Dental cleanings are important also. Some people have serious plaque buildup within a matter of months. Left untreated, this can lead to gingivitis and over time, may develop into serious gum disease that ultimately can lead to tooth loss. Your annual cleaning prevents plaque from accumulating and causing tartar to form.
Without a cleaning, plaque can turn to tartar. This hard substance accumulates on the tooth structure where it adheres to the teeth. The gums become detached from the tooth and infected. Red, swollen or puffy gums that bleed when you brush or floss are an indication of gum disease. Regular dental cleanings can prevent this from happening.
When you consider that oral health is a key factor in general health, the issue of whether or not to get your regular dental checkup and cleaning takes on even more importance. Poor oral health has been linked to serious health problems such as:
- Heart disease
- Low birth weight
- Fertility problems and other
- Respiratory infections
There are other health conditions, like rheumatoid arthritis and kidney disease, that appear to occur more frequently in individuals who also have poor oral health.
You can see why your annual dental examinations and cleanings may not be considered as immediate needs, yet still essential for your health.
Maintaining Oral Health During the Pandemic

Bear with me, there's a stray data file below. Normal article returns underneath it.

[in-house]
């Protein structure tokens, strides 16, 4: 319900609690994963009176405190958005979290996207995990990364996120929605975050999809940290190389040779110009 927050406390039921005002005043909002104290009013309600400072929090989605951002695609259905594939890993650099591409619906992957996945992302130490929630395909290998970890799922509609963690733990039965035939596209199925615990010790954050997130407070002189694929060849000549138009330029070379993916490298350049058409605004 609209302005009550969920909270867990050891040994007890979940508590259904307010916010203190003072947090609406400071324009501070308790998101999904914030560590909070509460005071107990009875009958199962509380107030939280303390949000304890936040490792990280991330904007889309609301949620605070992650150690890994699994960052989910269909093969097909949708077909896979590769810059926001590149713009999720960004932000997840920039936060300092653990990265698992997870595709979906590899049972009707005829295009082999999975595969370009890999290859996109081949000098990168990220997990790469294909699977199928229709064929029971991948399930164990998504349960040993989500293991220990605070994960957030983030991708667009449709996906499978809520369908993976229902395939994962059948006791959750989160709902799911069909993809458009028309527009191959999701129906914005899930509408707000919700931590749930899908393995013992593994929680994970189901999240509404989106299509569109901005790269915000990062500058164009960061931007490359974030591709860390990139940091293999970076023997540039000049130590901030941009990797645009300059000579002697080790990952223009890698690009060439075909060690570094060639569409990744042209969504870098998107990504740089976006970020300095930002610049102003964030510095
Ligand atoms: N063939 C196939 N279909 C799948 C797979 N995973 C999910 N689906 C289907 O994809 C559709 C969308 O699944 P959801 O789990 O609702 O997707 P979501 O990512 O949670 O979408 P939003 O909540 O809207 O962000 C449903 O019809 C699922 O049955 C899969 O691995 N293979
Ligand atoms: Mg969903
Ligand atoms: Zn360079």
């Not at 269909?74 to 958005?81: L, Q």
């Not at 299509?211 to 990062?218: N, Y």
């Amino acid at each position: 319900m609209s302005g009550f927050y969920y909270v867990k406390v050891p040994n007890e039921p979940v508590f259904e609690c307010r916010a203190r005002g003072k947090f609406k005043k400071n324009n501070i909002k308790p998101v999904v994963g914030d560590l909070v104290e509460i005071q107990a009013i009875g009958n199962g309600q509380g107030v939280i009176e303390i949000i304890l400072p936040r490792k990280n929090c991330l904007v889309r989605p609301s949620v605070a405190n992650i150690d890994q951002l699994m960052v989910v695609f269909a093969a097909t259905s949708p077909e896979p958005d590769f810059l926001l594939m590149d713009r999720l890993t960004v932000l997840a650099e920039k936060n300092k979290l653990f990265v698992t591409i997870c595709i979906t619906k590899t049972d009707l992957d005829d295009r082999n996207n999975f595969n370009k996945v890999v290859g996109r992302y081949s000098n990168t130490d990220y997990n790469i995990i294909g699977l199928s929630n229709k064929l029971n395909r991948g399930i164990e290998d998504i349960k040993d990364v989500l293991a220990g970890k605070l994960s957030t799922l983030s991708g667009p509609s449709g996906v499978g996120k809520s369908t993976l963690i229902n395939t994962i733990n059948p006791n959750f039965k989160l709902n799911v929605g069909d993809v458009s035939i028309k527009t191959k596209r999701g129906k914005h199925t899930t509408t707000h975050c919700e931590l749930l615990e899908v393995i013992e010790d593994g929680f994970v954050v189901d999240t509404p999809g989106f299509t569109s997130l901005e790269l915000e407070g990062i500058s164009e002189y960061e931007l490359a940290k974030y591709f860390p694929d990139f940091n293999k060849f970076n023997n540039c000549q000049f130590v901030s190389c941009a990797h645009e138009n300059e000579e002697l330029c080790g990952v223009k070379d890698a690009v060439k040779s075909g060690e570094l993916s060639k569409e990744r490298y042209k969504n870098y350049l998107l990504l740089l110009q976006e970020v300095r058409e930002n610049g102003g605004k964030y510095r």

You may decide that since you brush and floss your teeth properly on a regular basis and you can see no signs of any problems, you can skip your dental checkups and cleanings for now. The only problem with that is not all dental issues are visible to the naked eye.
Oral cancers, decay under a filling or crown and plaque buildup in hard-to-reach areas are examples of dental problems you may have that can only be discovered by a trip to the dentist. If you feel you are at high risk for any of these conditions, you may not want to skip your annual checkup.
Individuals who may have a higher risk of some of these oral issues are those who:
- Smoke or use tobacco products
- Have misaligned teeth
- Dental bridges or crowns
- Use medication that increases plaque buildup
Ultimately, you make the decision whether or not you are willing to go to the dentist. Most dental offices are taking stringent precautions to keep patients and staff as safe as possible under the circumstances.
Beyond the Dental Office
You can be assured that, all things considered, your visit in the dental office will be as safe as possible. Dentists and their teams are staying current on the latest guidelines and recommendations for safely working with patients and mitigating the spread of the virus.
Your concerns with a visit to the dentist should also include transportation to and from the office. Will you be using public transportation to get to and from the office? Keep in mind that being in close proximity with others, especially those not wearing a mask, can increase your chances of contracting the virus.
If you are in a high-risk group to begin with, and you decide to make a trip to the dentist, take all the necessary precautions to keep yourself safe. If you have any symptoms, stay home. If you are not sure if you should see the dentist, call first and get guidance. You may not need a visit at this time.
Your oral health is important, and it should not be neglected during this time. Watch what you eat, brush and floss regularly and call your dentist if you have questions about your oral health. Aesthetic & Implant Dentistry of Atlanta prioritizes the health of both patients and dental team members. Contact us to schedule an appointment.